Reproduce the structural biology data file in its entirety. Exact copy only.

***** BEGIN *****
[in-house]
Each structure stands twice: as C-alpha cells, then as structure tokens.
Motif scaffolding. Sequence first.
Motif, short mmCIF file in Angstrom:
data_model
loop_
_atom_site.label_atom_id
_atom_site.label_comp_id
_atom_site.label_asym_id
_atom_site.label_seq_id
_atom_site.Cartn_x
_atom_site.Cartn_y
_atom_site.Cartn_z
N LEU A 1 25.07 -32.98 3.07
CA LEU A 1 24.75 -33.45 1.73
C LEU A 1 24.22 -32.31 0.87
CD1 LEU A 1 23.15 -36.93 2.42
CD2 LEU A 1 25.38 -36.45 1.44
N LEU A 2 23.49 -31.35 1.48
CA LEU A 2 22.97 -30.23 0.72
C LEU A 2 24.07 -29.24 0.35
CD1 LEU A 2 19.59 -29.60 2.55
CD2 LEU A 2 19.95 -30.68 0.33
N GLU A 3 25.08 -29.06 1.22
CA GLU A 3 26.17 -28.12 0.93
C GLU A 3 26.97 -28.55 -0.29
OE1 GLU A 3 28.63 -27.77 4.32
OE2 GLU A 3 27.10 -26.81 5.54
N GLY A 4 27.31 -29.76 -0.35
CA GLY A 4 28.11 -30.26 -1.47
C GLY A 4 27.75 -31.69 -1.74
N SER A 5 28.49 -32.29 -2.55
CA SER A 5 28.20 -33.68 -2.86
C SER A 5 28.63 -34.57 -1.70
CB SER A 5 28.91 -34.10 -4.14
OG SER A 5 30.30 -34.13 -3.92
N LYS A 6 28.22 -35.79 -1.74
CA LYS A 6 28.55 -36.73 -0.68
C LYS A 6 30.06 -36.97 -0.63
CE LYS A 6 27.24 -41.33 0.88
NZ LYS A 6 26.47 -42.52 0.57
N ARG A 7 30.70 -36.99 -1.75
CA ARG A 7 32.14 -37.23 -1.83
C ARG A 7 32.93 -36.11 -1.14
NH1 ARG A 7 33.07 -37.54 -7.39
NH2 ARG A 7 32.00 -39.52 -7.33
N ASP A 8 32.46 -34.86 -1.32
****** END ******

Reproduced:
[in-house]
Each structure stands twice: as C-alpha cells, then as structure tokens.
Motif scaffolding. Sequence first.
Motif, short mmCIF file in Angstrom:
data_model
loop_
_atom_site.label_atom_id
_atom_site.label_comp_id
_atom_site.label_asym_id
_atom_site.label_seq_id
_atom_site.Cartn_x
_atom_site.Cartn_y
_atom_site.Cartn_z
N LEU A 1 25.07 -32.98 3.07
CA LEU A 1 24.75 -33.45 1.73
C LEU A 1 24.22 -32.31 0.87
CD1 LEU A 1 23.15 -36.93 2.42
CD2 LEU A 1 25.38 -36.45 1.44
N LEU A 2 23.49 -31.35 1.48
CA LEU A 2 22.97 -30.23 0.72
C LEU A 2 24.07 -29.24 0.35
CD1 LEU A 2 19.59 -29.60 2.55
CD2 LEU A 2 19.95 -30.68 0.33
N GLU A 3 25.08 -29.06 1.22
CA GLU A 3 26.17 -28.12 0.93
C GLU A 3 26.97 -28.55 -0.29
OE1 GLU A 3 28.63 -27.77 4.32
OE2 GLU A 3 27.10 -26.81 5.54
N GLY A 4 27.31 -29.76 -0.35
CA GLY A 4 28.11 -30.26 -1.47
C GLY A 4 27.75 -31.69 -1.74
N SER A 5 28.49 -32.29 -2.55
CA SER A 5 28.20 -33.68 -2.86
C SER A 5 28.63 -34.57 -1.70
CB SER A 5 28.91 -34.10 -4.14
OG SER A 5 30.30 -34.13 -3.92
N LYS A 6 28.22 -35.79 -1.74
CA LYS A 6 28.55 -36.73 -0.68
C LYS A 6 30.06 -36.97 -0.63
CE LYS A 6 27.24 -41.33 0.88
NZ LYS A 6 26.47 -42.52 0.57
N ARG A 7 30.70 -36.99 -1.75
CA ARG A 7 32.14 -37.23 -1.83
C ARG A 7 32.93 -36.11 -1.14
NH1 ARG A 7 33.07 -37.54 -7.39
NH2 ARG A 7 32.00 -39.52 -7.33
N ASP A 8 32.46 -34.86 -1.32